If you are a “common book collector,” and your books tell a story about your immersion in Woolf or Hogarth Press studies, tell us about it. If you have interesting strategies or stories about acquiring collectible editions of Woolf and Hogarth Press books on a budget, let us know!

Send submissions of 2,000 words for longer essays and 500 words for “Our Bookshelves” by Sept. 30, 2018, to Catherine Hollis via hollisc@berkeley.edu

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In 1981, in a small Northern California town, a group of like-minded feminists opened a community library. They wanted a place to read and write, to discuss books, and above all, they wanted “a library you can eat in. And thus The Sitting Room was born, and lives, and celebrated its 37th birthday this past Sunday, June 3.

Eminent Woolfian and Professor Emerita at Sonoma State University, J. J. Wilson is one of The Sitting Room’s founders and perhaps its luckiest member, as she lives (six months out of the year) in the library itself. Each room houses a different collection of women’s literature and art: e.g. the Poetry Room, the Writing Room, the Art hallway, and the Woolf Wall which graces the living room / workshop area. These collections are curated and organized by a dedicated volunteer, keeping the library’s offerings up-to-date and somewhat organized.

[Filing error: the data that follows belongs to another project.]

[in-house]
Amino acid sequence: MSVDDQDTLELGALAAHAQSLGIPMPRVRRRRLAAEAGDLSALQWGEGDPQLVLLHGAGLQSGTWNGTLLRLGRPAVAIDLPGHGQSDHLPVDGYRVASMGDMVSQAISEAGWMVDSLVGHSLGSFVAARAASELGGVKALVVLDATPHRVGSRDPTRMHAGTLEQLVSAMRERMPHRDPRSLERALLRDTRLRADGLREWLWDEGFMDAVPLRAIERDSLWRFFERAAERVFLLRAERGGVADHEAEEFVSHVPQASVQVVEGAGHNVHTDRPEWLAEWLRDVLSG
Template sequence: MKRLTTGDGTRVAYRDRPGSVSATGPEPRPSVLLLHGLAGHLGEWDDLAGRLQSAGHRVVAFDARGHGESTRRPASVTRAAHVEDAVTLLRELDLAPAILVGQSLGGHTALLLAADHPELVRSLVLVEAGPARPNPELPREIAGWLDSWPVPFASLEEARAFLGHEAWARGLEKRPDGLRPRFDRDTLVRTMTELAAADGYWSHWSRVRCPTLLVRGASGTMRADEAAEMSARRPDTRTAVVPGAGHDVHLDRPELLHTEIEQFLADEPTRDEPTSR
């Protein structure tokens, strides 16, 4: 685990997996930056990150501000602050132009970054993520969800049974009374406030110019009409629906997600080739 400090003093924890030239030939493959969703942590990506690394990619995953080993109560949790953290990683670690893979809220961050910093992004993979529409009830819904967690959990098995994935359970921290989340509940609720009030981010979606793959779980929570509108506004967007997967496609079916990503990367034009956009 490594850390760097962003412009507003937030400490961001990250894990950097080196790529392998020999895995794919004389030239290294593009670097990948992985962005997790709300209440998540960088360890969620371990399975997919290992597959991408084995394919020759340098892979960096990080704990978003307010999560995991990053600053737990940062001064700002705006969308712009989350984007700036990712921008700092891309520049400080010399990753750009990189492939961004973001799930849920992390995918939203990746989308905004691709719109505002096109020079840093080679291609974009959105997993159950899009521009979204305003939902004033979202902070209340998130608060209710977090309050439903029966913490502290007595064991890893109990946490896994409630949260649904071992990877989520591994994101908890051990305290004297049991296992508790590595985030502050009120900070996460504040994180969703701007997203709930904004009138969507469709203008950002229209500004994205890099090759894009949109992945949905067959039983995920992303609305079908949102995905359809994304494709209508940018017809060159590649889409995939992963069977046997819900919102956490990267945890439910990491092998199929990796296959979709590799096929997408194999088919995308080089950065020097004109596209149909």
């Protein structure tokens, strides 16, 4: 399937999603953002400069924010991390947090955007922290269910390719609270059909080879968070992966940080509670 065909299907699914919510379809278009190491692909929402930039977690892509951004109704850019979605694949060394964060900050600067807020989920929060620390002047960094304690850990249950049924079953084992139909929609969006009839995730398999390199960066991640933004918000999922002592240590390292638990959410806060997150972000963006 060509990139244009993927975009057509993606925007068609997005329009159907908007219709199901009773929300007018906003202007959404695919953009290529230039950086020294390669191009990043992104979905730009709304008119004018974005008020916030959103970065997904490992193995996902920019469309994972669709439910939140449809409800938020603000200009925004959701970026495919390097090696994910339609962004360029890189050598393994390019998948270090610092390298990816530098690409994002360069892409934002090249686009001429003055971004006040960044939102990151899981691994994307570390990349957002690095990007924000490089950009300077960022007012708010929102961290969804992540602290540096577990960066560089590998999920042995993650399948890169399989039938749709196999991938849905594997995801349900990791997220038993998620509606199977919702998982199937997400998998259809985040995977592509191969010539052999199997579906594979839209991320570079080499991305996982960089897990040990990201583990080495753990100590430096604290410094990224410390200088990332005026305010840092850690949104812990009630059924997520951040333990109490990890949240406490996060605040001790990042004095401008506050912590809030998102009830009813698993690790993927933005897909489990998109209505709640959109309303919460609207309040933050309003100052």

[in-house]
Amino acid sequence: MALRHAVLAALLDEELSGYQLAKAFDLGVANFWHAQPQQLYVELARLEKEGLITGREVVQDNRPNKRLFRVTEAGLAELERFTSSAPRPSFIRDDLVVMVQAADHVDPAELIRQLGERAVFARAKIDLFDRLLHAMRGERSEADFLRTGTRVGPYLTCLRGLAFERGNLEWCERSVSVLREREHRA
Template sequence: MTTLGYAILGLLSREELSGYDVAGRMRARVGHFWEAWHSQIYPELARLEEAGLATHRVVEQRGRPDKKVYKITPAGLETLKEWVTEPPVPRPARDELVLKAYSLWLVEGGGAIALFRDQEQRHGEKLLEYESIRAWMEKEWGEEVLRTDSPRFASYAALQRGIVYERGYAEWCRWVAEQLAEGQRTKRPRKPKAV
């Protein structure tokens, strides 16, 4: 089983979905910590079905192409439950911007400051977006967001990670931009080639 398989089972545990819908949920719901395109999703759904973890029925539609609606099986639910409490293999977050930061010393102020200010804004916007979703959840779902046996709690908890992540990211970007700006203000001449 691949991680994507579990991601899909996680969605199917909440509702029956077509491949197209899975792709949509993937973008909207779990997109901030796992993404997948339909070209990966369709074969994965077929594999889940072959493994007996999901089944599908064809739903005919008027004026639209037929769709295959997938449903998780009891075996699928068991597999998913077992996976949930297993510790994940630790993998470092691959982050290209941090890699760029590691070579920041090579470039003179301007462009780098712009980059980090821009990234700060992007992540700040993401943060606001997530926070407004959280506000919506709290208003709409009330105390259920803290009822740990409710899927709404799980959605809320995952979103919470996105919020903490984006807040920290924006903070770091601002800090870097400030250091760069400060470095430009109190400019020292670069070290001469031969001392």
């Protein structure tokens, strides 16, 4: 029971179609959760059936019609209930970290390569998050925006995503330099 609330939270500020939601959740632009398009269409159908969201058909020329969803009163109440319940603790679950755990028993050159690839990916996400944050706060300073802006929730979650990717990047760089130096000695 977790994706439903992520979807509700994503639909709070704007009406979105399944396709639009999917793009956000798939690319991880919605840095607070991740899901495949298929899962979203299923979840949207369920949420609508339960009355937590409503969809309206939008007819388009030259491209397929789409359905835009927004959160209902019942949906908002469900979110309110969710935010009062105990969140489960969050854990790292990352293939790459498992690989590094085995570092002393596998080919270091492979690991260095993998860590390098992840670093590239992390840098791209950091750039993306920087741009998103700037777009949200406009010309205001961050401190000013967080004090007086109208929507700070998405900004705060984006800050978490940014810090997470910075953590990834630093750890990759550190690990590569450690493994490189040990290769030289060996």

Books, tea, snacks and workshops

At The Sitting Room, there are books to borrow and books to read while sitting in an overstuffed armchair. Tea and snacks are freely available. Students and professors from nearby Sonoma State University use the library’s resources for research and discovery, community members pop by to read and think, and local writers hold workshops and readings.